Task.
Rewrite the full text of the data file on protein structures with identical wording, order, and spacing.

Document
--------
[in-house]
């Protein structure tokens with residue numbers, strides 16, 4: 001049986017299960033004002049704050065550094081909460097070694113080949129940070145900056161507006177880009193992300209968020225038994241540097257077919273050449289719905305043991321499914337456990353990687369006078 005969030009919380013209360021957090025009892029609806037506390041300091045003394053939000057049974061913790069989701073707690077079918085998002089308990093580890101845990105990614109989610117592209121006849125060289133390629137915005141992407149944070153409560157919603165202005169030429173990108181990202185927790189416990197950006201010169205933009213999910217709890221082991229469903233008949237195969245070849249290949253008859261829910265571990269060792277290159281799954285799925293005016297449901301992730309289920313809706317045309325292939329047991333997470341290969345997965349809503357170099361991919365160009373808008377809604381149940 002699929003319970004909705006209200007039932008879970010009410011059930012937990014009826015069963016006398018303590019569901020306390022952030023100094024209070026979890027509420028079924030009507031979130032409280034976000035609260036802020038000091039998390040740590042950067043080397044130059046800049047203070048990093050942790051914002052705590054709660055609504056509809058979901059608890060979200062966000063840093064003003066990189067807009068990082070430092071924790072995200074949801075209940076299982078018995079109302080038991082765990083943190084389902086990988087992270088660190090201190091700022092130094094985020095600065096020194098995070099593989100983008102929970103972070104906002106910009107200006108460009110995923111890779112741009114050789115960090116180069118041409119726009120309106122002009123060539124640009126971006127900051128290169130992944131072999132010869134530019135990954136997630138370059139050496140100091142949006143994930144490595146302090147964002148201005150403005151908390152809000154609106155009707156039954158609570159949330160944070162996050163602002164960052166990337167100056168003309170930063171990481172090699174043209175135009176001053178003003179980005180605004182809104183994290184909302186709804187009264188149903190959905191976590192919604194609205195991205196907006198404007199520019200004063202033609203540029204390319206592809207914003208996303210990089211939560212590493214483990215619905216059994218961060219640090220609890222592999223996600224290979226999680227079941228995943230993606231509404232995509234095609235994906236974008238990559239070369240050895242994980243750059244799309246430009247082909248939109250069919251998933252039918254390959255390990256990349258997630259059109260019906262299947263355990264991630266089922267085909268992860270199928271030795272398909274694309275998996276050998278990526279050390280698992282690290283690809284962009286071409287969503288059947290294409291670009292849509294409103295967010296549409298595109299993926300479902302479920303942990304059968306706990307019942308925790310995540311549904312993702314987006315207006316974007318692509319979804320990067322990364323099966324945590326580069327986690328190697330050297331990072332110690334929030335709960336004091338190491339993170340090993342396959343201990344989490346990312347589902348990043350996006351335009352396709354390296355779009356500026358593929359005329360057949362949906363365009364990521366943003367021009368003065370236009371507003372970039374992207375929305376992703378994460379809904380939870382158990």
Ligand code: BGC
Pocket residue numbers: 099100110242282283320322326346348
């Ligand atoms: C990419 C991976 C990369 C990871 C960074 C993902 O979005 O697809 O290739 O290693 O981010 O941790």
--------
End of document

[in-house]
């Protein structure tokens with residue numbers, strides 16, 4: 001049986017299960033004002049704050065550094081909460097070694113080949129940070145900056161507006177880009193992300209968020225038994241540097257077919273050449289719905305043991321499914337456990353990687369006078 005969030009919380013209360021957090025009892029609806037506390041300091045003394053939000057049974061913790069989701073707690077079918085998002089308990093580890101845990105990614109989610117592209121006849125060289133390629137915005141992407149944070153409560157919603165202005169030429173990108181990202185927790189416990197950006201010169205933009213999910217709890221082991229469903233008949237195969245070849249290949253008859261829910265571990269060792277290159281799954285799925293005016297449901301992730309289920313809706317045309325292939329047991333997470341290969345997965349809503357170099361991919365160009373808008377809604381149940 002699929003319970004909705006209200007039932008879970010009410011059930012937990014009826015069963016006398018303590019569901020306390022952030023100094024209070026979890027509420028079924030009507031979130032409280034976000035609260036802020038000091039998390040740590042950067043080397044130059046800049047203070048990093050942790051914002052705590054709660055609504056509809058979901059608890060979200062966000063840093064003003066990189067807009068990082070430092071924790072995200074949801075209940076299982078018995079109302080038991082765990083943190084389902086990988087992270088660190090201190091700022092130094094985020095600065096020194098995070099593989100983008102929970103972070104906002106910009107200006108460009110995923111890779112741009114050789115960090116180069118041409119726009120309106122002009123060539124640009126971006127900051128290169130992944131072999132010869134530019135990954136997630138370059139050496140100091142949006143994930144490595146302090147964002148201005150403005151908390152809000154609106155009707156039954158609570159949330160944070162996050163602002164960052166990337167100056168003309170930063171990481172090699174043209175135009176001053178003003179980005180605004182809104183994290184909302186709804187009264188149903190959905191976590192919604194609205195991205196907006198404007199520019200004063202033609203540029204390319206592809207914003208996303210990089211939560212590493214483990215619905216059994218961060219640090220609890222592999223996600224290979226999680227079941228995943230993606231509404232995509234095609235994906236974008238990559239070369240050895242994980243750059244799309246430009247082909248939109250069919251998933252039918254390959255390990256990349258997630259059109260019906262299947263355990264991630266089922267085909268992860270199928271030795272398909274694309275998996276050998278990526279050390280698992282690290283690809284962009286071409287969503288059947290294409291670009292849509294409103295967010296549409298595109299993926300479902302479920303942990304059968306706990307019942308925790310995540311549904312993702314987006315207006316974007318692509319979804320990067322990364323099966324945590326580069327986690328190697330050297331990072332110690334929030335709960336004091338190491339993170340090993342396959343201990344989490346990312347589902348990043350996006351335009352396709354390296355779009356500026358593929359005329360057949362949906363365009364990521366943003367021009368003065370236009371507003372970039374992207375929305376992703378994460379809904380939870382158990």
Ligand code: BGC
Pocket residue numbers: 099100110242282283320322326346348
């Ligand atoms: C990419 C991976 C990369 C990871 C960074 C993902 O979005 O697809 O290739 O290693 O981010 O941790």